Tuesday, June 1, 2010

Vintage Chris Rosebrough – Deconstruction Deconstructed, a.k.a. Having Fun with Words

On the May 17 edition of the Fighting for the Faith radio show, host Chris Rosebrough had a little fun deconstructing deconstruction.

The idea behind deconstruction is that any given text has no fixed meaning. Truth is experienced as the reader is in conversation with the text. There are infinite possibilities in interpreting the words scribbled on the page, and thus no ultimate truth, but rather your own self-made truth. What's true for you is just plain true, and what's true for me will also be. What’s handy about this hermeneutic is that it frees you from the thorny issue of having to limit yourself to what the author actually meant. This is of course a ridiculous premise. If it were true, there would be no point in attempting to communicate with anyone. But fortunately most normal people generally try to grasp the original meaning which the author intended, and are able to carry on a conversation with at least a modest degree of success, while avoiding all the intellectually charged undercurrents of deconstruction. There are, however, some postmodern people who insist on assigning their own meanings to a given text. One of these people is George Elerick.

Elerick is a journalist who writes for The Huffington Post and Wrecked online magazine. He certainly seems to uphold the postmodern tradition on his blog The Love Revolution, skipping social conventions such as capitalizing the first letter of the first word in sentences, giving the reader a bit of a head start on assigning their own meaning to the text. Links to Brian McLaren and John Dominic Crossan’s websites, and sites such as Queermergent and The Burning Man add to the postmodern ambiance.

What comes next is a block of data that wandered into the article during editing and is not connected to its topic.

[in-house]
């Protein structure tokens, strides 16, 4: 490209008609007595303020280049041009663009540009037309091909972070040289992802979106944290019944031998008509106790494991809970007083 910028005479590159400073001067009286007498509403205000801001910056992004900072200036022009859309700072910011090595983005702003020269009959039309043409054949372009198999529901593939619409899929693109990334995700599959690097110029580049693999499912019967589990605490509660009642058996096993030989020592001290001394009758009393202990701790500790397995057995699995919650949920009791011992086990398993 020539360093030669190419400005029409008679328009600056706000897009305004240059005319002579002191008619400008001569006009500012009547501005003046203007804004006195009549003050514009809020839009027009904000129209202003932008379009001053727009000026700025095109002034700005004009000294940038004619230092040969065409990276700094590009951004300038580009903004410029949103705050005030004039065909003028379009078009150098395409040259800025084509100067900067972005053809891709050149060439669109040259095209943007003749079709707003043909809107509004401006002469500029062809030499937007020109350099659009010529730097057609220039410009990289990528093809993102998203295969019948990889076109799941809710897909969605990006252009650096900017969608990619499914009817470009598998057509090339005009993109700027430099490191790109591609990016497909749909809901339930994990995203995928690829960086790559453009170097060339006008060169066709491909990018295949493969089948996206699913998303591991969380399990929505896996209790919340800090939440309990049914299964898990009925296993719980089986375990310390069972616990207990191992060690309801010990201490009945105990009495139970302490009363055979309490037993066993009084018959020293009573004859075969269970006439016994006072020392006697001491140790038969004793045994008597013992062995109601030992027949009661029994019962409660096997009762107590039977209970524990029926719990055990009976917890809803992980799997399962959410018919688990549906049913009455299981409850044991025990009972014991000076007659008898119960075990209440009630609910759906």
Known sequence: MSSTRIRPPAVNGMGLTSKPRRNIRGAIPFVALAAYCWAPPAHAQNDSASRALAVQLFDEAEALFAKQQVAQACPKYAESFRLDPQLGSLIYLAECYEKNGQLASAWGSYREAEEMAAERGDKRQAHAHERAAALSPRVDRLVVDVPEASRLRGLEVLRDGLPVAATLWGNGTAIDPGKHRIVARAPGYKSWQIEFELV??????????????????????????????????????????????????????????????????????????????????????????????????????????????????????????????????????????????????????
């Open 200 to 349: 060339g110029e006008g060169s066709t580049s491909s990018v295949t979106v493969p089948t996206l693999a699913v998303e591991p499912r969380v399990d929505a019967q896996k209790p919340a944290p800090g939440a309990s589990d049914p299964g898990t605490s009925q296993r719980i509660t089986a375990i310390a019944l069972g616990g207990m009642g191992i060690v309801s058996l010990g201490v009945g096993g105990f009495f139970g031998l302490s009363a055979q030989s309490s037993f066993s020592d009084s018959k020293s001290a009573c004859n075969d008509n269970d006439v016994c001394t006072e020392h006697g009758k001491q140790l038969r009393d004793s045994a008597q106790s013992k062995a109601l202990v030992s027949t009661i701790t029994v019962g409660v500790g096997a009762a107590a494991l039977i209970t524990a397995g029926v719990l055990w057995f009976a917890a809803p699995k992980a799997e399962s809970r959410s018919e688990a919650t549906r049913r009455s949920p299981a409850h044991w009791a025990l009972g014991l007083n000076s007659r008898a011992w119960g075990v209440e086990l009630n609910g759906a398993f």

Chris relates his own postmodern “experience” after receiving an email from Elerick inviting him to read Elerick’s blog post titled “throw away the cookie cutters.”. In this post George deconstructs the Genesis account of Adam and Eve, musing that “it isn’t a story just about two literal people, in fact, their [sic] is archaeological evidence that demonstrates the story originated on a scroll in ancient Mesopotamia. one of the many deeper layered meanings could be about judging others.” His story comes complete with the eisegesis of Hebrew words (actually “hebrew” to George) and a truly postmodern climax:

judging others in the traditional sense doesn’t allow much space for healing the world or broken relationships, in the traditiona [sic] sense it is the opposite of cheering and more like how adam and eve might have got it wrong. and so if judgement [sic] is about justice and setting things right, maybe we can stand shoulder-to-shoulder and believe in and dream out the kind of world god intended. i hope we can.

Hopefully I don’t have to explain to you how George Elerick’s deconstruction of Genesis departs from the meaning that God intended for the text. This point wasn’t lost on Chris either, who after another email exchange with Elerick responded with his own deconstruction of what Elerick said in his post, thus demonstrating the absurdity of deconstruction using the technique himself. The beauty of this is, as Chris points out, the postmodernist can’t refute or quibble with what you’ve said. You’re using their own rules, therefore your conclusions are perfectly acceptable, no matter how whacky they are.

Here’s Chris’s response to what George had to say: